We are deep into Milestone’s run with the MXGP series, with MXGP Pro being the fourth in the series. While many fans have enjoyed the series, the one consistently desired improvement that has been the most common request? Please adjust and correct the physics. Milestone has absorbed that feedback and taken it seriously enough to implement a brand new physics system into a game that is on its fourth iteration. That’s a huge deal in the gaming industry, but does the new system actually work and improve upon its predecessor(s)?
What I Like
Is It Fun?
Yes, yes it is.
There is no doubt this series can be challenging to newcomers, and even frustrating to veterans of the series with its level of difficulty, but the bottom line is that my level of enjoyment with MXGP Pro has continued to grow each time I pick up the controller. As games become larger, more detailed, and more immersive, we sometimes forget to ask ourselves “are we actually having fun playing this?” That question is an absolute yes in terms of MXGP Pro.
One of the biggest complaints with the previous titles from Milestone’s MX series has been the lack of real physics, or the overall realistic feel of the bike. Most who played any of the previous titles would agree with this complaint, including myself. The developers looked to change this with an all-new Pro Physics system that aimed to make the bike, track and environment interactions more realistic, and the overall feel much more organic. To do this they enlisted the help of MX Champ Antonio (Tony) Cairoli, and the effort was well worth the result. One can feel the difference in how the bike handles and responds, and not only in how it reacts to the track, but also in the way it deals with weight distribution, cornering and landing. It’s true, it will take you a bit to learn the new system, but it would be extremely hard to go back and play the previous titles knowing what I know now.
Graphics And Sound
I am not going to compare MXGP Pro to some of the best looking titles on the market today, as that would be misleading. What I can say is that they have improved the overall look of the game enough for me to be impressed and surprised. MX racing is not a clean sport, and it shouldn’t feel that way. Luckily, MXGP Pro creates an authentic feeling of being beaten down by the environment, which is way cooler than it sounds. The track surroundings look better and more natural, the bike models are beautiful, and the track degradation looks and feels much improved. They have pulled this off all while still maintaining a solid frame rate on my PS4 Pro, although at a couple of tracks I did experience a minor frame dip for a split second. On top of the title’s improved graphical fidelity, the sound comes in a close second. The bike sounds great, the interaction with the track sounds realistic, and the overall sound and feel of a race weekend comes across exactly as one would hope.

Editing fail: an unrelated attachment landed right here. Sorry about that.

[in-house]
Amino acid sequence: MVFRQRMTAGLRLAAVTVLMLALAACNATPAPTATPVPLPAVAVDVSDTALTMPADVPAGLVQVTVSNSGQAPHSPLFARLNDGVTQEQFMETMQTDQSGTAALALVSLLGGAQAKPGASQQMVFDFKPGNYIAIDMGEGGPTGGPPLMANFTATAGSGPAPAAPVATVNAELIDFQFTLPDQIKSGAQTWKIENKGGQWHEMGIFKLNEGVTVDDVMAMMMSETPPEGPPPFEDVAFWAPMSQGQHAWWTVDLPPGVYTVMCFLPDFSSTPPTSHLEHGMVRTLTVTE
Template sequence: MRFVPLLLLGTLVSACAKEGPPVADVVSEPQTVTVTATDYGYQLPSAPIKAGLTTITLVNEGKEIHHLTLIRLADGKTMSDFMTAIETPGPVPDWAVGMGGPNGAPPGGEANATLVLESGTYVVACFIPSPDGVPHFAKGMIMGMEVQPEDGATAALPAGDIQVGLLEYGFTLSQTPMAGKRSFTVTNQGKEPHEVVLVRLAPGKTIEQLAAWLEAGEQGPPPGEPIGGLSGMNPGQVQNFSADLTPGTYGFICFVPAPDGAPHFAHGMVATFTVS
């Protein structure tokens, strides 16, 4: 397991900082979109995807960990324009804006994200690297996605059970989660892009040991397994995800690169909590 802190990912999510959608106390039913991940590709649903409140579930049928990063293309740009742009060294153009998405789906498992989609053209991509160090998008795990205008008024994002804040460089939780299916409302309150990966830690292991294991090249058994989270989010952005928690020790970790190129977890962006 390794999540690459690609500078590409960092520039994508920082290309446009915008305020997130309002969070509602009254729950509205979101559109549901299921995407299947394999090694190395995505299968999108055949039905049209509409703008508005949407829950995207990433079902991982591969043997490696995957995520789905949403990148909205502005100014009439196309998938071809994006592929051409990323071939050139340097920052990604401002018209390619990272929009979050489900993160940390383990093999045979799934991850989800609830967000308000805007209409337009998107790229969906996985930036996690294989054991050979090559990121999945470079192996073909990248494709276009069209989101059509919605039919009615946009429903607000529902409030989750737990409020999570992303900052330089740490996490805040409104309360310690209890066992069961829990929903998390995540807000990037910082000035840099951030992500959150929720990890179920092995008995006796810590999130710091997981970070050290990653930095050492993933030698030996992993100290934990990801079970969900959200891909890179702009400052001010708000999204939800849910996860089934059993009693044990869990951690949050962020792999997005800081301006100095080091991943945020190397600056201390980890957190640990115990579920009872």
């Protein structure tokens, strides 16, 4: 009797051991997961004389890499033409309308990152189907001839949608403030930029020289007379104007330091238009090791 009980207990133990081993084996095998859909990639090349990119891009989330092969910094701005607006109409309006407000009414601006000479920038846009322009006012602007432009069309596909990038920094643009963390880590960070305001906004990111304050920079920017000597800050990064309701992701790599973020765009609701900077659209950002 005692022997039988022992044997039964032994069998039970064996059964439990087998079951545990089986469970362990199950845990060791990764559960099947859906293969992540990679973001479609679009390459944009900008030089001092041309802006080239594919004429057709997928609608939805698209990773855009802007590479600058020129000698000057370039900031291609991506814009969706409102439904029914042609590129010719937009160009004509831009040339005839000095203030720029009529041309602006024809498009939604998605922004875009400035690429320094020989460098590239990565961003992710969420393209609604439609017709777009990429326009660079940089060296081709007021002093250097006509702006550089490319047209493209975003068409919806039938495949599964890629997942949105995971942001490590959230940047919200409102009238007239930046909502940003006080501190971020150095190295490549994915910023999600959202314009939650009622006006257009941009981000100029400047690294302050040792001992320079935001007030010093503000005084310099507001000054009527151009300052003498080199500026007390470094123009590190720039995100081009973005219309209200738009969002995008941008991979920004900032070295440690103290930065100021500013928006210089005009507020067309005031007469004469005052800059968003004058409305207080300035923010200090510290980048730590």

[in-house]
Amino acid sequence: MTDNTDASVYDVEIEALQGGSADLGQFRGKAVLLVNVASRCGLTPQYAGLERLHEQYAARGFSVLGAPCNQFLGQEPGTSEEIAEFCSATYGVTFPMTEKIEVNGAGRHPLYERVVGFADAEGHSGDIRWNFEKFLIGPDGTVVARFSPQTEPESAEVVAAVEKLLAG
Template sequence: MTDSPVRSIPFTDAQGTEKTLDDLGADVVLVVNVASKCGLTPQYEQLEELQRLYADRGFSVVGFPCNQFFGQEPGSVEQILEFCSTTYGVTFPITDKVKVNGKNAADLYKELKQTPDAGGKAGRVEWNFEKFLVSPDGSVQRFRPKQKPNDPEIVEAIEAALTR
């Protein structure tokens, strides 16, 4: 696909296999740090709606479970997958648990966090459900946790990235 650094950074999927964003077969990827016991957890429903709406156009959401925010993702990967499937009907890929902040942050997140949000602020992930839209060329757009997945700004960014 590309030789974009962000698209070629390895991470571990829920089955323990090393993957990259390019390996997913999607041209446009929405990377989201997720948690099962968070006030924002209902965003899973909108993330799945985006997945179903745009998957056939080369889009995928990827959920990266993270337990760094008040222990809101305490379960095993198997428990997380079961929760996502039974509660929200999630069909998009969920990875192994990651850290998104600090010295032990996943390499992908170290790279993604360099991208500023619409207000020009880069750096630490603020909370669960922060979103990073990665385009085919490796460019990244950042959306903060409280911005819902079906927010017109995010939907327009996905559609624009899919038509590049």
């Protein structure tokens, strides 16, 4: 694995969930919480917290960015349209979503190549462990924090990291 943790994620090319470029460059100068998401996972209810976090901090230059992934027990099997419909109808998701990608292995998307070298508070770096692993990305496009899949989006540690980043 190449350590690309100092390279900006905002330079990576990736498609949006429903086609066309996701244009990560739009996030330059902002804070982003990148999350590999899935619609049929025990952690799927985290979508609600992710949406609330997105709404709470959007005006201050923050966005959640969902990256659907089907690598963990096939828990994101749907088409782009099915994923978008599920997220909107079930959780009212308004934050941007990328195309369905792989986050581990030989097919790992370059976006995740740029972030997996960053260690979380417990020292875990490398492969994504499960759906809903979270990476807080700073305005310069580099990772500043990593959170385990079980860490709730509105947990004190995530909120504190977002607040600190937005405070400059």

What I Didn’t Like
Depth of Title
As much as I love the on-track action that MXGP provides, things get a bit dicey when it comes to the overall depth of the title. That’s not to say that MXGP only offers “race now” and that’s it, but the choices are a bit limited. Single player does offer up a few different modes that will help with replayability, but online is where the lack of depth really hurts. The single-player experience I mentioned gives the user a chance to participate in a single race/grand prix, time attack, career mode, or a full championship, which is nothing ground breaking but enough to keep one satisfied for a bit — assuming you like racing AI opponents. One of my biggest complaints is that certain modes and abilities have been removed from Milestone’s previous title, Monster Energy Supercross. One of the items removed was the awesome track creator that was introduced in Monster Energy Supercross, and of course, the ability to share said created tracks with the community. I have no information as to why the removal took place, but it’s gone and the overall enjoyment of the game suffers because of it. It’s hard on a community to introduce a great in-game asset like the track creator, which was so well received, and then take it away without explanation.